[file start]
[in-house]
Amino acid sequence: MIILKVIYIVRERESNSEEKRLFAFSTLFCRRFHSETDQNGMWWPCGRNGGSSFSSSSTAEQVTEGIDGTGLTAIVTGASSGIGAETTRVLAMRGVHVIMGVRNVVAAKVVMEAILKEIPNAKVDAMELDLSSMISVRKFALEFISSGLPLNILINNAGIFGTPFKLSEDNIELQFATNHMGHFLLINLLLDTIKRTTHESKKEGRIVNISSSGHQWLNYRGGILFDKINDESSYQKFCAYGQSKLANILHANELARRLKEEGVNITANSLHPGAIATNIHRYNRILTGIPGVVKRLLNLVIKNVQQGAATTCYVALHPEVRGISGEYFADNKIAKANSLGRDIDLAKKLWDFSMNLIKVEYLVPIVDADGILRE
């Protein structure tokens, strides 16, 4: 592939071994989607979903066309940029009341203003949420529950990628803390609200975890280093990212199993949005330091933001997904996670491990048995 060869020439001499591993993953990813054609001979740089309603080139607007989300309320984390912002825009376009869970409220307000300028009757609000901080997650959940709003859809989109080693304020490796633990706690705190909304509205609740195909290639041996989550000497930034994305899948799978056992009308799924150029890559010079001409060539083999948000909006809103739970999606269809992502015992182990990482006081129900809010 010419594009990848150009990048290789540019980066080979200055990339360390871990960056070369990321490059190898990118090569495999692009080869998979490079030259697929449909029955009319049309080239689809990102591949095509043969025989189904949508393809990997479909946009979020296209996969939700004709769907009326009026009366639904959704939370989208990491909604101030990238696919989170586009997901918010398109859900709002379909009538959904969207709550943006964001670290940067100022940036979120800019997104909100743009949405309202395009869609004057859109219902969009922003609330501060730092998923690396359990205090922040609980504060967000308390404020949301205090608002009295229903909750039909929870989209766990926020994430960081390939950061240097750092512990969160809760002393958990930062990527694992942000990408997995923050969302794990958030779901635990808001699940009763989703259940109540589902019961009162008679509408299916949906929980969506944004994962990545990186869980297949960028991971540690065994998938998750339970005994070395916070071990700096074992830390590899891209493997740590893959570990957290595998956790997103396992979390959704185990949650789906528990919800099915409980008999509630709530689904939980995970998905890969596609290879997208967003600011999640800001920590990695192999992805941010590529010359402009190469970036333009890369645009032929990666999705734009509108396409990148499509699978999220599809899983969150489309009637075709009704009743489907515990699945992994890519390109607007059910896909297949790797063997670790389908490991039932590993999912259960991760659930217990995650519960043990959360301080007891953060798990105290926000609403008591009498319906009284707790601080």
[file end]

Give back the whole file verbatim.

[in-house]
Amino acid sequence: MIILKVIYIVRERESNSEEKRLFAFSTLFCRRFHSETDQNGMWWPCGRNGGSSFSSSSTAEQVTEGIDGTGLTAIVTGASSGIGAETTRVLAMRGVHVIMGVRNVVAAKVVMEAILKEIPNAKVDAMELDLSSMISVRKFALEFISSGLPLNILINNAGIFGTPFKLSEDNIELQFATNHMGHFLLINLLLDTIKRTTHESKKEGRIVNISSSGHQWLNYRGGILFDKINDESSYQKFCAYGQSKLANILHANELARRLKEEGVNITANSLHPGAIATNIHRYNRILTGIPGVVKRLLNLVIKNVQQGAATTCYVALHPEVRGISGEYFADNKIAKANSLGRDIDLAKKLWDFSMNLIKVEYLVPIVDADGILRE
């Protein structure tokens, strides 16, 4: 592939071994989607979903066309940029009341203003949420529950990628803390609200975890280093990212199993949005330091933001997904996670491990048995 060869020439001499591993993953990813054609001979740089309603080139607007989300309320984390912002825009376009869970409220307000300028009757609000901080997650959940709003859809989109080693304020490796633990706690705190909304509205609740195909290639041996989550000497930034994305899948799978056992009308799924150029890559010079001409060539083999948000909006809103739970999606269809992502015992182990990482006081129900809010 010419594009990848150009990048290789540019980066080979200055990339360390871990960056070369990321490059190898990118090569495999692009080869998979490079030259697929449909029955009319049309080239689809990102591949095509043969025989189904949508393809990997479909946009979020296209996969939700004709769907009326009026009366639904959704939370989208990491909604101030990238696919989170586009997901918010398109859900709002379909009538959904969207709550943006964001670290940067100022940036979120800019997104909100743009949405309202395009869609004057859109219902969009922003609330501060730092998923690396359990205090922040609980504060967000308390404020949301205090608002009295229903909750039909929870989209766990926020994430960081390939950061240097750092512990969160809760002393958990930062990527694992942000990408997995923050969302794990958030779901635990808001699940009763989703259940109540589902019961009162008679509408299916949906929980969506944004994962990545990186869980297949960028991971540690065994998938998750339970005994070395916070071990700096074992830390590899891209493997740590893959570990957290595998956790997103396992979390959704185990949650789906528990919800099915409980008999509630709530689904939980995970998905890969596609290879997208967003600011999640800001920590990695192999992805941010590529010359402009190469970036333009890369645009032929990666999705734009509108396409990148499509699978999220599809899983969150489309009637075709009704009743489907515990699945992994890519390109607007059910896909297949790797063997670790389908490991039932590993999912259960991760659930217990995650519960043990959360301080007891953060798990105290926000609403008591009498319906009284707790601080």